Supt. Ted De Jager (right) the new commander of Penticton South Okanagan Similkameen Regional Detachment with Cpl. Don Wrigglesworth during a walk through downtown Penticton. De Jager is hosting a town hall and community policing forum Wednesday, July 12. Mark Brett/Western News

Supt. Ted De Jager (right) the new commander of Penticton South Okanagan Similkameen Regional Detachment with Cpl. Don Wrigglesworth during a walk through downtown Penticton. De Jager is hosting a town hall and community policing forum Wednesday, July 12. Mark Brett/Western News

RCMP update Penticton city council on crime

Quarterly report shows

Supt. Ted De Jager wants to see more of RCMP officer’s time spent on cases that produce charges.

According to the quarterly report he delivered to Penticton city council Tuesday afternoon, about 57 per cent of the detachment’s calls in the region don’t result in charges. That can include unfounded and unsubstantiated calls, but also those dealing with mental health issues.

In Penticton alone, the ratio is even worse.

“Sixty-four per cent of the detachment’s time is being spent on things that won’t result in a file,” said De Jager. “The goal is to reverse that.”

Related: Penticton crime rate highest in Valley

He explained the intent isn’t to shift the burden of mental health calls to other agencies, but to address the root causes of those files. Part of that comes under one of his 2017 priorities, to create a four to five member Community Response and Enforcement Team building on the work of the Targeted Enforcement Unit.

Targeting the most prolific offenders led to decreases in calls, likewise CSET focuses on mental health, homelessness, problem locations, traffic concerns, youth and overall engagement.

“That is going to drive a lot of visibility and engagement in the community,” said De Jager, whose report sets out increased accountability, through increased engagement with communities and agencies.

Following up on the policing forum held in June, a Community Police Advisory Committee is also being planned, chaired by local government members, incorporating residents, business leaders and stakeholders.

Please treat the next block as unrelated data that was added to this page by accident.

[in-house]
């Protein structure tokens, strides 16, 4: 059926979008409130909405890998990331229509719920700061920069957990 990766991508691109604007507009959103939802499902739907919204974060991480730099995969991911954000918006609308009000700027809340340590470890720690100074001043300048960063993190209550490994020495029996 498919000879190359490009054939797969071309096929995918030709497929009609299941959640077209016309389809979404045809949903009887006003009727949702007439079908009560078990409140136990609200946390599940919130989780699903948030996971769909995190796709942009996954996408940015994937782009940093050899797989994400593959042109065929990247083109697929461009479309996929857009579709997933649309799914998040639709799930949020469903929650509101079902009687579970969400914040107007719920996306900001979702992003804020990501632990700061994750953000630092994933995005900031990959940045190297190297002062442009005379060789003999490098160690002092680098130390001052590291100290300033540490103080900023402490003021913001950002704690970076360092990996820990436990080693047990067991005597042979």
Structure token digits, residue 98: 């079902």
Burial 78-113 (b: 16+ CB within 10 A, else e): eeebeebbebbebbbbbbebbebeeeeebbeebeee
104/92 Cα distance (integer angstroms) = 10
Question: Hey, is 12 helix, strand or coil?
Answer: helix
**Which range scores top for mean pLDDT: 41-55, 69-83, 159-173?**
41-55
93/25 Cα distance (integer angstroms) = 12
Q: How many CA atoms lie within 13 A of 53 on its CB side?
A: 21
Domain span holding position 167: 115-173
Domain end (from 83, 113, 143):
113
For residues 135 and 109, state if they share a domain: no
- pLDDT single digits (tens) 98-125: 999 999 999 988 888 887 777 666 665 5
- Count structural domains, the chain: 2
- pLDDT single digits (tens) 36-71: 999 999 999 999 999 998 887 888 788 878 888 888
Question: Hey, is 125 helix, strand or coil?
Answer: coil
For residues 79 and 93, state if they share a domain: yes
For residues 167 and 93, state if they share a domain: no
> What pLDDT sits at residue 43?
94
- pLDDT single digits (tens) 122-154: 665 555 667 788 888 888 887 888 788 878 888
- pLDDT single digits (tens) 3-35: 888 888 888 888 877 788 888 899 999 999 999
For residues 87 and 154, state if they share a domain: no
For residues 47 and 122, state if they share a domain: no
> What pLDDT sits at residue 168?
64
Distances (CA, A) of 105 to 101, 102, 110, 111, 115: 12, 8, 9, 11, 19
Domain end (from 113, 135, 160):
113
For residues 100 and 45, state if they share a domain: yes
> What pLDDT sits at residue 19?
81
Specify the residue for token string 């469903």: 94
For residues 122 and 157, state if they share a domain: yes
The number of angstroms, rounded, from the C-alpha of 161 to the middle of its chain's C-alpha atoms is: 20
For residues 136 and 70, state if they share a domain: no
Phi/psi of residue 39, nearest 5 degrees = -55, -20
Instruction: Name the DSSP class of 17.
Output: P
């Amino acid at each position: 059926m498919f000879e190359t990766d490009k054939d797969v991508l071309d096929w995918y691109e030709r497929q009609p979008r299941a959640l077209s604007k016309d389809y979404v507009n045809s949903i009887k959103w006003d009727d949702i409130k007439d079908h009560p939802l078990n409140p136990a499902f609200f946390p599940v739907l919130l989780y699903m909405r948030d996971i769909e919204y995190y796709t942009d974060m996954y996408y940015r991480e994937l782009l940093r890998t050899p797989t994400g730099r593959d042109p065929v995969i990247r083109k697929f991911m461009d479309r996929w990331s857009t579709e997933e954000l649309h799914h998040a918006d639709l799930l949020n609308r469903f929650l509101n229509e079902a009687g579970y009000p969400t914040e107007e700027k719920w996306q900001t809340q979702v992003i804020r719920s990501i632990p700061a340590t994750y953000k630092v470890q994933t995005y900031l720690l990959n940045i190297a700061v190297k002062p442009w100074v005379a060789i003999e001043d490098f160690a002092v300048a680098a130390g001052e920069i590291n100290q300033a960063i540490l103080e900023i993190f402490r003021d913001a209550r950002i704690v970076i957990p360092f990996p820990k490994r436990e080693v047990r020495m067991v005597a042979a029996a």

When it comes to crime rates in the region, De Jager points to property crimes, especially theft from vehicles, as being key areas.

“Auto theft is definitely a big ticket item,” said De Jager, who added that could be reduced by people taking more care to secure vehicles and not leaving high value items sitting on the seat in plain view.

In his written report, De Jager points out that a reduction in minor theft will allow the members of the detachment to focus even more on the prolific offenders who cause the majority of crime.

Both business and residential break and enter crime rates have dropped, but there has been an increase in B&Es to structures like garages or outbuildings.

“We are seeing a lot of tools, power tools and other things that are easily fenced,” said De Jager, who attributed the situation to increased vigilance on the part of home and business owners for their main building.

“They tend to forget about their garden shed,” said De Jager, explaining that as property crimes are targeted, criminals seek easier prey.

De Jager’s report sets out five priorities for the RCMP detachment developed through an analysis of crime trends, consultation with the community and discusssion with local government: Crime reduction, domestic violence and prevention, road safety, community engagement and ongoing developing and training of RCMP members.

“Taking care of the lifegaurd helps us take care of the people in the pool,” said De Jager.

When we start to target people for doing that, they start going to other items.

Related: Mayor’s minute: Frustrations about crime heard and felt